PROFILE: Celebrating Jedidah Wakonyo Waruhiu, Kenya’s ICJ Jurist of the Year
By Patience Nyange
Jedidah Wakonyo Waruhiu was recently declared the 2020 Jurist of the Year.
The Jurist of the Year Award is held annually and seeks to give recognition, acknowledgement and encouragement to jurists who have consistently, fearlessly and impartially promoted the rule of law and human rights in Kenya during the year.
On receiving this year’s award, Commissioner Waruhiu said: “As a young law student, I was taught to take the law to the Community by Kituo cha Sheria. I build on those baby steps to land at ICJ Kenya in 1995 promising disruption to the status quo and service to humanity. I have not wavered.”
She added: “I dedicate this award to all the unsung heroes and sheroes of the year 2020 who continue to risk their lives and families, to go out of their way and beyond the call of duty to protect these rights. Those in the health fraternity. The human rights defenders. Our spiritual leaders.”
Commissioner Waruhiu is an advocate of the High Court of Kenya and has been a human rights defender for over 25 years with a particular focus on access to justice in respect to penal, security, refugee and paralegals.
She joined the Kenya National Commission on Human Rights (KNCHR) in 2016. As part of my orientation at KNCHR, she took me through a crash course; Human Rights 101.
Nearly five years later, I still remember our conversation and one thing struck me: her humility and accommodative nature. We would later share many intimate moments during fieldwork.
She is a soft-spoken silent disruptor of the status quo whose amiable nature and patience inspires many young women. She is not the kind of person to take anyone for granted.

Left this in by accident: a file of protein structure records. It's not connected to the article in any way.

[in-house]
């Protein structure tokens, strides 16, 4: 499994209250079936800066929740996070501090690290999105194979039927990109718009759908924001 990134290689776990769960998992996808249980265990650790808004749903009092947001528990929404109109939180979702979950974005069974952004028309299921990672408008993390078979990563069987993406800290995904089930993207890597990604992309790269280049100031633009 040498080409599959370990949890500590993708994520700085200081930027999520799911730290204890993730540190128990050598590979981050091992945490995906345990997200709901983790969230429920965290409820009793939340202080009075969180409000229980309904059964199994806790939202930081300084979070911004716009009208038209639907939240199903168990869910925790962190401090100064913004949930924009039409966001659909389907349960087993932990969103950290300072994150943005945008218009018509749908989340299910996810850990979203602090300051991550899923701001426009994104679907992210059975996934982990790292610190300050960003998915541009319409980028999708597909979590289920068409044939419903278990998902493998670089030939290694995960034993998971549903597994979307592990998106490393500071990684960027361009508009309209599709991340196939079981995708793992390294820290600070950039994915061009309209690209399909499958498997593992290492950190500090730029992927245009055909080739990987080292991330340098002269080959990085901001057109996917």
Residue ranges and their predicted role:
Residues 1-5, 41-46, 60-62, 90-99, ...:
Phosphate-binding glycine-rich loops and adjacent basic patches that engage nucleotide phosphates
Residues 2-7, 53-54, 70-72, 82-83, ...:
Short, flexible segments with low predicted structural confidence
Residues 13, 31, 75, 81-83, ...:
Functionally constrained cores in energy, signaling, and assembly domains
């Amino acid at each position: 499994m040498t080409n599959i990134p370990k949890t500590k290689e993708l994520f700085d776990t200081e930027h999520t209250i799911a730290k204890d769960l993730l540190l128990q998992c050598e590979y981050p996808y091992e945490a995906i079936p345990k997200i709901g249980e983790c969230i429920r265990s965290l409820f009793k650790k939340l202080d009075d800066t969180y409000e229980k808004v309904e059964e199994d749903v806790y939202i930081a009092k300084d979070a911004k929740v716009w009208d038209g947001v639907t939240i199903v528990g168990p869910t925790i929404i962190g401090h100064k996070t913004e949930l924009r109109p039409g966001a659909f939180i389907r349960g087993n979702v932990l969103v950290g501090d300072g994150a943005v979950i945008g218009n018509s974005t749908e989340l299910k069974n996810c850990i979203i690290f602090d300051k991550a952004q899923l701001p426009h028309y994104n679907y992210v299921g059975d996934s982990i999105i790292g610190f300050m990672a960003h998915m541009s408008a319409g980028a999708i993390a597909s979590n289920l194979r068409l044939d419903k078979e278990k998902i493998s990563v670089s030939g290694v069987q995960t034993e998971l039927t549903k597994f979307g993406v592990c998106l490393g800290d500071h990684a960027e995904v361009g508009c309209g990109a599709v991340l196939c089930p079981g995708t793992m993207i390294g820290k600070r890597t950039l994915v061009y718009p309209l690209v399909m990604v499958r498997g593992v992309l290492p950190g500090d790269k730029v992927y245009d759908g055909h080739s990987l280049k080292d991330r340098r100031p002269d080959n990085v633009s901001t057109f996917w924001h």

Any little assistance given to her is well appreciated. In an email she wrote to me a week ago, she said: “We have worked closely at KNCHR which was our meeting point in a cordial, sacrificial and supportive role. Patience, it is because of the support and technical comms advisory you gave to me including PR mentorship that my public service work with KNCHR was achievable and impactful to many marginalised people across the country. I am proud to know and continue working with you.”
I bet you know of many bosses who don’t acknowledge receipt of emails. Three days later you are left wondering: “Did my email get lost in the cloud?””
The deliberate art of appreciating people, everyone, regardless of how small their contribution is, is an art I learnt from her.
How do other people describe her? I sought answers. All these resonate too well with the advocate that I was privileged to work with.
They describe her as humble, insightful, committed, selfless, intelligent, hardworking, mentor, courageous, meticulous, patient and a good speaker. Others call her Mama Paralegal while the intersex community call her ‘Mama Yetu’.
For the first time, I heard people describe her as a spider, meaning one who builds tight webs around people she meets and interacts with!
I have an example to share: I recently cleared my studies from Cardiff University as a Chevening scholar. It was not until I landed at KNCHR in 2016, that I first heard of the Chevening program.
Mrs. Waruhiu is also a Chevening scholar who studied International Human Rights at the University of NottinghamFlag of United Kingdom from 2002 to 2003.
In one of those random conversations along the KNCHR corridors, Commissioner Jedidah introduced me to Chevening, and as they say, the rest is history.
Thank you for giving me a chance of a lifetime and guiding me through it all.
Patience Nyange is a Chevening Scholar with a Masters Degree in International Public Relations and Global Communication Management from Cardiff University. Prior to joining Cardiff University, Patience served as an Assistant Director at the Kenya National Commission on Human Rights (KNCHR).